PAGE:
The female was singing softly to herself, running her hand through hip length hair that shared the same color as the tree’s leaves. Her skin appeared white and smooth as pearl with the faintest shimmer. It was a beautiful song filled with longing and sadness.

As her voice finally faded, the song coming to a close, Martin found himself giving a faint clap.

“That was beautiful.”

Hearing his voice, the lovely woman froze, her hand stopping mid-run through her long hair.

Turning her head slowly, the female’s sharp red eyes fell upon him, her mouth open in a silent ‘o.’

Realizing maybe he should have stayed quiet, Martin offered a nervous smile, “Uhh… hi…. Sorry to uhh interrupt, but-

“How-” the mysterious woman began to speak, but only managed to fall forward, crashing to the earth in a bundle of white limbs and green hair. “Oof. Ow. That hurt- you!” the female scrambled up, her long hair covering her otherwise bare feminine form, “How did you get in here?!”

As she spoke, roots from the willow seemed to extend, wrapping themselves around her legs before travelling up. Within moments, the woman was shrouded in delicate willow branches.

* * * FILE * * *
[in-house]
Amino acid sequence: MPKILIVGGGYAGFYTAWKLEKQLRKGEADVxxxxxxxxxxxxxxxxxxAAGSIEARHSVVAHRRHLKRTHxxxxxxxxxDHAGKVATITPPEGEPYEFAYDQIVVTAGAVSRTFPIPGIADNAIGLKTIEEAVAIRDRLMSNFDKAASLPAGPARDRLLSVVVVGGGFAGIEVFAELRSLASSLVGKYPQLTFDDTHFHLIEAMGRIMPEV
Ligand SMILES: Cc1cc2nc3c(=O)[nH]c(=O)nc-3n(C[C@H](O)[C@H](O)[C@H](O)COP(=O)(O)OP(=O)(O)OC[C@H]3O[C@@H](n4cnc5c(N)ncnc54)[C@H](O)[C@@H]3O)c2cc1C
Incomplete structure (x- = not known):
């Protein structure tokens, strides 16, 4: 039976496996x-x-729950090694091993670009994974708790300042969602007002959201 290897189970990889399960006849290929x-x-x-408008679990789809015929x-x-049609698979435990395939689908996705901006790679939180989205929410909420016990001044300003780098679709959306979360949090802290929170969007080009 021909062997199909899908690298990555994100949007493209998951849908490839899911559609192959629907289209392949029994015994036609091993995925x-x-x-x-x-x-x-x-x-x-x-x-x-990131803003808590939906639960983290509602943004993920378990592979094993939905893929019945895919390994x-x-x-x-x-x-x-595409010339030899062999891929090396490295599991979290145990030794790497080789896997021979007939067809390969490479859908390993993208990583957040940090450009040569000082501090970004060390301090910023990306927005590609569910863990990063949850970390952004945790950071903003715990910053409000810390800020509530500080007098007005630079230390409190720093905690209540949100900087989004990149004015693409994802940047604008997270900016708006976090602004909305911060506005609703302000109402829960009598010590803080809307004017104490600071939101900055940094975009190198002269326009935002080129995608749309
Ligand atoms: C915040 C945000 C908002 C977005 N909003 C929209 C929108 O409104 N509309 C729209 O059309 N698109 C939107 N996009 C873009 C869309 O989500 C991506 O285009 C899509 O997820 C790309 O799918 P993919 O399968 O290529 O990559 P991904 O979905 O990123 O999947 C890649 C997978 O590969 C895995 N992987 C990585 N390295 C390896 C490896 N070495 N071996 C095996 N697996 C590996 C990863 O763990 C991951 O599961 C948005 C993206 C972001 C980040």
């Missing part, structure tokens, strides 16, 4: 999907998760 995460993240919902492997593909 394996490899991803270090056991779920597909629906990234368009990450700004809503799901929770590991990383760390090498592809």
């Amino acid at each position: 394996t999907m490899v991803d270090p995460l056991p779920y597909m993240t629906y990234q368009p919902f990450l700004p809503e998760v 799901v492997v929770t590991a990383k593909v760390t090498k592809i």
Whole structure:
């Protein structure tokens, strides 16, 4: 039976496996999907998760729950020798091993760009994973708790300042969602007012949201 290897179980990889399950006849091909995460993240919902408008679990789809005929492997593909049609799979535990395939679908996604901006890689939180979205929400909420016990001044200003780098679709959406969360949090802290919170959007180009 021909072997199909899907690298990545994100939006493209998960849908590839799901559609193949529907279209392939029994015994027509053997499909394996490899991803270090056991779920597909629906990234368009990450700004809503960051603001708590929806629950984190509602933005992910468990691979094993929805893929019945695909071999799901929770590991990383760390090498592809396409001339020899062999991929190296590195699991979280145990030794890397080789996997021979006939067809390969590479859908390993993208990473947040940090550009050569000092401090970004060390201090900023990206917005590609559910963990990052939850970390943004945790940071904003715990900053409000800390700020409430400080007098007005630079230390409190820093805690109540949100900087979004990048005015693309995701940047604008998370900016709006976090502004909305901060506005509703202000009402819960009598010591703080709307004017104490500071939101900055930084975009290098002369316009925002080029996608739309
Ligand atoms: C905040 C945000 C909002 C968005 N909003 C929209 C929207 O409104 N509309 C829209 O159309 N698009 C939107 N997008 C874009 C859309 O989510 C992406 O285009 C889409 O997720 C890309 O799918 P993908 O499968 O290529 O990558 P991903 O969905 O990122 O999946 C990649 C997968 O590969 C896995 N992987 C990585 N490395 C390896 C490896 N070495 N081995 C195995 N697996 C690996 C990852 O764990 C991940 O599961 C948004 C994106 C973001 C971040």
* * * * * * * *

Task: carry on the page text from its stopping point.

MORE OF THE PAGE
“Uhh… good question. I was uhh… tree,” Martin pointed back out towards the branches, “I was looking at the tree and the branches kind of… opened.”

“Opened- oh gods,” the woman lifted a delicate hand and slapped it against her forehead. “Well that wasn’t supposed to happen- and you, you’re taking this rather well. You’re not panicking, screaming or attacking.”

Martin thought about that for a moment, “It feels better under here than out there.”

“Then why are you out there? Don’t humans have your structures to block out the elements?”

“We do,” Martin agreed, “But I don’t like the one we moved into. I liked our old one better.”

“Oh?” she tilted her head, her emerald hair shifting with the movement, “I’ve never known another home. I always wanted to travel.”

Martin’s eyebrow rose at the last comment, “Then… why don’t you?”

“I can’t.” she made a point of reaching down, plucking a leaf from the branches that wrapped around her body, “The tree and I are bound.”

“Oh… that’s uhh… weird.”

She shrugged then, “It is what it is. Such is life.”

“And if the tree gets cut down?”

“That is a bad idea.”

“Just a thought,” Martin held up his hands in surrender, “So you’re stuck with this tree? Is it magical? Can it move?”

The woman laughed then, shaking her head with amusement, “It is magical, but no, it cannot move. I haven’t heard of a moving tree before. I bet they would appreciate being able to move,” she tilted her head up then. “Hmm… you can move… tell me then, human, what is the outside world like it?”

Martin debated that. There wasn’t much to say. Technology was advancing, yet the human species seemed worse off because of it. The world itself was dying as war and pollution ravaged the land.

“Disappointing.”

“Hmm.” Her tone was skeptical, before she shrugged, “I could believe it… life is disappointing.”